Augmentation of Markman Main Sewer Phase 3

The Augmentation of Markman Main Sewer Phase 3 entailed the construction of a 1000mm diameter HDPE lined reinforced concrete sewerage pipe from just beyond Settlers Bridge, the N2 crossing of the Swartkops River, to the Fish Water Flats Wastewater Treatment Works (WWTW).  Phase 1 and Phase 2 of the augmentation project was also completed by Africoast Consulting Engineers through earlier design and implementation projects. 

Phase 1 of the augmentation entailed the construction of a 1000mm diameter GRP sewer main from the Bluewater Bay Grit Chamber to the Settlers Bridge and the construction of an 800mm diameter pipe across the Settlers Bridge.  Phase 2 entailed the lowering of the stormwater pipe/system crossing the N2 in the vicinity of the Grit Chamber to allow the completion of the new 1000mm diameter pipe at this location.

The current and future sewage flow in the Markman Main Sewer exceeds the capacity of the existing sewer from Blue Water Bay to the Fish Water Flats Wastewater Treatment Works.  The project aimed to alleviate this problem by providing a new sewer with the capacity to convey the full current and future peak flow in this section of the Markman Sewer, whilst retaining the existing sewer to serve as backup.  A bypass chamber was constructed at the Grit Chamber to divert the sewage flow into either the new or the existing main sewer from where it flows to the treatment works.  This will reduce the risk of sewage spillage into the environmentally sensitive Swartkops River Estuary, by providing adequate conveyance capacity and a diversion sewer to convey the flow when maintenance to either of the two sewers is required.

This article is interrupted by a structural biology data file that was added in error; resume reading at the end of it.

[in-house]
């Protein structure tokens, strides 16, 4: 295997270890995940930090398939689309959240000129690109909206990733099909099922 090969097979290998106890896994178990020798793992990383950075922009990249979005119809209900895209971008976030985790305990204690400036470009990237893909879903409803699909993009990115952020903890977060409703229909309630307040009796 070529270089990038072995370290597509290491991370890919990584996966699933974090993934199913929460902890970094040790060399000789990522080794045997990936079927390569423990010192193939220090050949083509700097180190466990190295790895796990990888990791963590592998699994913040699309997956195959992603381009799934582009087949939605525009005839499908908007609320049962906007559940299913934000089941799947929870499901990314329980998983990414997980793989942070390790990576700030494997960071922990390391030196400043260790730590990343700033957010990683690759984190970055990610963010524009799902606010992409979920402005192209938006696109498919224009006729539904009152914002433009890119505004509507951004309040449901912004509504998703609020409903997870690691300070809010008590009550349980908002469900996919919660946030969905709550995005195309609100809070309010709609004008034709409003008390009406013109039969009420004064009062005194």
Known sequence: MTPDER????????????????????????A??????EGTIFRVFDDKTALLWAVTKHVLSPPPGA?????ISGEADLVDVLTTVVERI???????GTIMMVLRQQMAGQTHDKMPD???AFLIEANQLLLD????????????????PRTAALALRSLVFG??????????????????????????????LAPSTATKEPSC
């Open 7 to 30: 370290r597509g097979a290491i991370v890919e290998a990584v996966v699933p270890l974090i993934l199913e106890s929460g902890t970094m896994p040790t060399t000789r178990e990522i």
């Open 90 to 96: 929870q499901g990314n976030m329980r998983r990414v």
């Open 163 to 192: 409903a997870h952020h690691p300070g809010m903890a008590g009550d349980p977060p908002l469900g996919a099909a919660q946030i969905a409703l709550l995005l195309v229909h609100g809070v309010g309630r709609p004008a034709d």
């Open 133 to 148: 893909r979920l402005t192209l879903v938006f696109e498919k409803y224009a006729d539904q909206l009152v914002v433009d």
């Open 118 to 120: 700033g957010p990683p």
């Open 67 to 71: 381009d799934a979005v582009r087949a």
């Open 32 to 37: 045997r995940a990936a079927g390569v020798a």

The project had proven to be a challenging project with elements incorporating strict environmental restrictions working within the Swartkops River Salt Marsh. The area was classified as a designated Critical Biodiversity Area due to the presence of critically endangered fauna and flora, including the area functioning as an ecological process area. The pipeline had to be installed in a very narrow 15m wide corridor and furthermore the pipeline construction occurred under marsh conditions. This required the installation of a continuous well pointing system to lower the water table to the extent where the pipes could be installed in relatively dry conditions. The sections of pipeline at deeper invert levels required the additional installation of pilling sheets to retain the excavation embankments and prevent it from collapsing onto the working space.

The construction of the pipeline was completed within 9 months ahead of schedule, and given the difficult conditions was a great client and professional team accomplishment.  The innovative and holistic approach to the design and construction of the pipeline and associated structures ultimately resulted in the successful construction and implementation of the project.